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I need to connect bow copper as on the picture with a copper pipe, and I'd like to avoid soldering. Is there a special tool for this?

bow copper

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    It's not really clear what you're hoping to hear ... Those fittings are intended to be soldered and the 'special tool' is either a torch or large soldering iron. – brhans Jul 2 '18 at 23:23
  • Sorry if I wasn't clear enough. I've thought there might be some sort of clamp tool, instead of soldering, which could be dangerous for beginner in the first place. – Mark Jul 2 '18 at 23:27
  • There are solderless methods of connecting copper (ex. sharkbite). This kind of question is moving a little into the product recommendation world, however... – Hari Ganti Jul 2 '18 at 23:55
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    Soldering is easy, even for a beginner. YouTube. – paul Jul 3 '18 at 13:47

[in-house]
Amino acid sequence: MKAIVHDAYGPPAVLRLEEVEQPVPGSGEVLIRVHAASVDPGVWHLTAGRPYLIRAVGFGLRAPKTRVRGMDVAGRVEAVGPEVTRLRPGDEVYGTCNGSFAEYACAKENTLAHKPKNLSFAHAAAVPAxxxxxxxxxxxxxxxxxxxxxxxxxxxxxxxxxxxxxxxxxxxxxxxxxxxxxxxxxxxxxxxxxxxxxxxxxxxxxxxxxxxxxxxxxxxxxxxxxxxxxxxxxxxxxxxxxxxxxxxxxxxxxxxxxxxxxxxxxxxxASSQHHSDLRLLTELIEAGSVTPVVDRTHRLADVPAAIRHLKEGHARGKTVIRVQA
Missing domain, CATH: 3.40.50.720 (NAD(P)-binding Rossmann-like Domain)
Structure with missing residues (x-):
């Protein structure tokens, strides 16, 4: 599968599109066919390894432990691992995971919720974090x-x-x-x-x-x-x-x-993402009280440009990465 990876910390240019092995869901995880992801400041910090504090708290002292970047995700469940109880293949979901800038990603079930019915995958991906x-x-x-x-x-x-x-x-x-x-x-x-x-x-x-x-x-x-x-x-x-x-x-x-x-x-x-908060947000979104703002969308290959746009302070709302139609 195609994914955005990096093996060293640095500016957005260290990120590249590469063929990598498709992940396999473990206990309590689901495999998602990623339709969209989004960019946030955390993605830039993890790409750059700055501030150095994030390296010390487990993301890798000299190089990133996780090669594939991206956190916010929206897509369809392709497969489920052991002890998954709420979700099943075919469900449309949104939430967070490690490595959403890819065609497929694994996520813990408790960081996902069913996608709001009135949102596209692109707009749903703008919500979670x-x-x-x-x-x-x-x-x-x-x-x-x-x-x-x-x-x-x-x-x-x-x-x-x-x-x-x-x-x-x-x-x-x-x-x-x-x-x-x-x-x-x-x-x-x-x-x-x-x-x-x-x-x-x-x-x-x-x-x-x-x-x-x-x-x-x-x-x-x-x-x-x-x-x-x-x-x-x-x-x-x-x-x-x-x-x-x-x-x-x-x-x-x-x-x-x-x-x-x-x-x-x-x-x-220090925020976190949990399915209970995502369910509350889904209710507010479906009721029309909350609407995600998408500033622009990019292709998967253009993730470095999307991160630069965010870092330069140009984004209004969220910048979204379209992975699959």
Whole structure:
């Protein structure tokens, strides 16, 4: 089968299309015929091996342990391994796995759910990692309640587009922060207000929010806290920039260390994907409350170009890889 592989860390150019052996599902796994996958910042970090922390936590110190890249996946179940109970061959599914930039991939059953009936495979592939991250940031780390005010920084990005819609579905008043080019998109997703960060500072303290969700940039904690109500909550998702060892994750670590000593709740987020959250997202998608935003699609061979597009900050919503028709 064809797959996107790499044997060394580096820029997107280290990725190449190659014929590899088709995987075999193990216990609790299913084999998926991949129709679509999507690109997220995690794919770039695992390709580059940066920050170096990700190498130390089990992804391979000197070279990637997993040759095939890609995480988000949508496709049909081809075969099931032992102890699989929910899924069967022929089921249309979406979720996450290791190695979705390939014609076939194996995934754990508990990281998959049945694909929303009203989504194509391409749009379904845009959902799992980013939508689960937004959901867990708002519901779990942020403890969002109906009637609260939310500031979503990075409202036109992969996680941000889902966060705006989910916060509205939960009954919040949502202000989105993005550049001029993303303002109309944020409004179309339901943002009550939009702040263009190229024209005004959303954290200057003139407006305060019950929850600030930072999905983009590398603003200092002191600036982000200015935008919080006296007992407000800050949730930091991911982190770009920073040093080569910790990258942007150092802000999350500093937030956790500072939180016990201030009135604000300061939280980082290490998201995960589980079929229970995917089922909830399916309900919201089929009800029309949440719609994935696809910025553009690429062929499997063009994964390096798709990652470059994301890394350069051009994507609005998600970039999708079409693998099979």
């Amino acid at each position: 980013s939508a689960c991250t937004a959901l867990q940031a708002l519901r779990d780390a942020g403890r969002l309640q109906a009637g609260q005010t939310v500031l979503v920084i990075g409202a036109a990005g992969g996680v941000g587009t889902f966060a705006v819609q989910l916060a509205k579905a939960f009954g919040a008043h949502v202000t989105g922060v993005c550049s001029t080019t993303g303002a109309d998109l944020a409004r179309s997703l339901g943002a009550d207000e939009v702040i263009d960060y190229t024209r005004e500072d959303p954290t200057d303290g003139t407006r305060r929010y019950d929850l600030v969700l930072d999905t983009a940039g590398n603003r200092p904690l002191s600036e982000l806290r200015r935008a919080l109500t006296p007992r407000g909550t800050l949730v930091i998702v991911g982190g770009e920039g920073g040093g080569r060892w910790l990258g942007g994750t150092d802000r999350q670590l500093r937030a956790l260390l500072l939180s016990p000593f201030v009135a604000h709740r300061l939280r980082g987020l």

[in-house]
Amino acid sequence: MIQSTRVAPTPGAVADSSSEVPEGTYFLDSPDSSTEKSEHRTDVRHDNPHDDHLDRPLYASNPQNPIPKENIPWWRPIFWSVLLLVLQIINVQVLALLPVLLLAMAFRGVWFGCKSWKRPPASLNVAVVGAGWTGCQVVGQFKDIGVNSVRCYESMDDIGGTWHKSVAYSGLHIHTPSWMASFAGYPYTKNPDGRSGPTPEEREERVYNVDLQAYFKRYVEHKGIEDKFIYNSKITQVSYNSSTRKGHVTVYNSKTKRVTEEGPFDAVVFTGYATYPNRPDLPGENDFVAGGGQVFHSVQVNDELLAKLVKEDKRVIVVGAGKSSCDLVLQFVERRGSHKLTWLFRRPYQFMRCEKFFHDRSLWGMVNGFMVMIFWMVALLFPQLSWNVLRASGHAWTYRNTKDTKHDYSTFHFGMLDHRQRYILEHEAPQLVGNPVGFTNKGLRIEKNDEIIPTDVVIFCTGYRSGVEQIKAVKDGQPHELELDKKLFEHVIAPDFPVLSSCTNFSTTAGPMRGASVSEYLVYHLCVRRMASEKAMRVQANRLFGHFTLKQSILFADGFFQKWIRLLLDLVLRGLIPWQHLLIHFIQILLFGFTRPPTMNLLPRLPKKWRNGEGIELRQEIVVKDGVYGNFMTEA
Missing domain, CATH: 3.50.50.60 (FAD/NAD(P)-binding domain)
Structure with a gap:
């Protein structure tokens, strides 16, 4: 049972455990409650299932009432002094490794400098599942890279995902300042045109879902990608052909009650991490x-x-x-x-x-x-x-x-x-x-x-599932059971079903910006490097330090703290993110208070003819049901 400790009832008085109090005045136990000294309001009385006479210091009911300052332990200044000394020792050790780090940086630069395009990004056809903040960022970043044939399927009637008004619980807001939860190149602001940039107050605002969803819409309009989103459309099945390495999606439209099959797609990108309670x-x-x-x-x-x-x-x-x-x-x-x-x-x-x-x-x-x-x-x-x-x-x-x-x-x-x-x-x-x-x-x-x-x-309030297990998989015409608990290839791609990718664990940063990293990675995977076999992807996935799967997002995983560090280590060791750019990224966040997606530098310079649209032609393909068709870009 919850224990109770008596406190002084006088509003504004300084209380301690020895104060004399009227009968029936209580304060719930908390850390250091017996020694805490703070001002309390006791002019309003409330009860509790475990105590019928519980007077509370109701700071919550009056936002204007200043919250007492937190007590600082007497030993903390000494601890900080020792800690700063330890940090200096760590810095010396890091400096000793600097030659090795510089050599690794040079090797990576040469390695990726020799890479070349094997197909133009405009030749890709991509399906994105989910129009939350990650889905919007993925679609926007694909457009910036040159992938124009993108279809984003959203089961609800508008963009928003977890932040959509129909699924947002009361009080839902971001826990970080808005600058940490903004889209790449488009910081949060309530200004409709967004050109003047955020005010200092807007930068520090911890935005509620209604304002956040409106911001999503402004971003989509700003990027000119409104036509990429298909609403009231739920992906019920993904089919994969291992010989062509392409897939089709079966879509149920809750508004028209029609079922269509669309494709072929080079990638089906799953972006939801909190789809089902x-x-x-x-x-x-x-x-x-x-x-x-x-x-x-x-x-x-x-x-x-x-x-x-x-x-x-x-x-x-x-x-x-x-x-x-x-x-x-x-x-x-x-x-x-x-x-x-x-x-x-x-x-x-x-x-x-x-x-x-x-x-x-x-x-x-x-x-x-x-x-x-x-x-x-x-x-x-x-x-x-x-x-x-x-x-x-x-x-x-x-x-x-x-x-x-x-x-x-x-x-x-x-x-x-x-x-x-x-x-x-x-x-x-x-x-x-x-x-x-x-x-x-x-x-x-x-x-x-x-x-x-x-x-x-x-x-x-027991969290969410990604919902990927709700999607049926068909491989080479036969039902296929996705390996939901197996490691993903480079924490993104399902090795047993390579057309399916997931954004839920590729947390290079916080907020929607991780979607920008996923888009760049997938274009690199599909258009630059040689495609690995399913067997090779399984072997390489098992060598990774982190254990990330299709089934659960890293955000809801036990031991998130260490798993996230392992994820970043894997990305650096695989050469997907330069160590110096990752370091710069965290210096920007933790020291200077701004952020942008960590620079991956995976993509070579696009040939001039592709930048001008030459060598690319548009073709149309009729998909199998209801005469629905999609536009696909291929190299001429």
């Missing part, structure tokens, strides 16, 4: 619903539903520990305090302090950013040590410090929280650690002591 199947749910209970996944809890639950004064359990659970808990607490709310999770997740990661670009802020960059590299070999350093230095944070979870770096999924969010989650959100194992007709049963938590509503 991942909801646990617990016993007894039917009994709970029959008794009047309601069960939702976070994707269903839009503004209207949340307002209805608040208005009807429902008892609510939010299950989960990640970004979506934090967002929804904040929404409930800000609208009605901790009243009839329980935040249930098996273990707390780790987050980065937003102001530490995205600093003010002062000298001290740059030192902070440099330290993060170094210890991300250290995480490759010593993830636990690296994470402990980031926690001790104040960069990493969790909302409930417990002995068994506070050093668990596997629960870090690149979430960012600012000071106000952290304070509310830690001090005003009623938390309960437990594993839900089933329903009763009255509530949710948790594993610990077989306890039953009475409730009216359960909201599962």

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    You avoid soldering by using press-on connectors (Sharkbite) to adapt to pex tubing (crimp connectors). You don't screw around with copper. Like Paul said, sweating joints is easy and is no more dangerous than operating a birthday cake. – isherwood Jul 3 '18 at 14:09
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There is a system for connecting copper tubing and copper fittings that does not use solder. Just google "Propress" for an example. Some places rent the tool or you can purchase one. Before I retired the company I worked for used this tool for a lot of copper fittings from 1/2" thru 4". It works very well, is quick and does a lasting job.

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To avoid soldering I would use either a compression elbow or a push-fit elbow. But it depends on what the pipe is carrying (water or gas).

Compression Elbow Push fit elbow

Useful tools include pipe-cutters and appropriate sized spanners/wrenches.

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Depending on what you're planning on using the pipes for, you could use an epoxy that was designed for metal to metal bonds.

I wouldn't use epoxy for a constant pressure in-wall application, but I did use it to extend a short nipple for a tub spout on an acrylic tub. I wrapped it in a heating pad to post cure for extra insurance.

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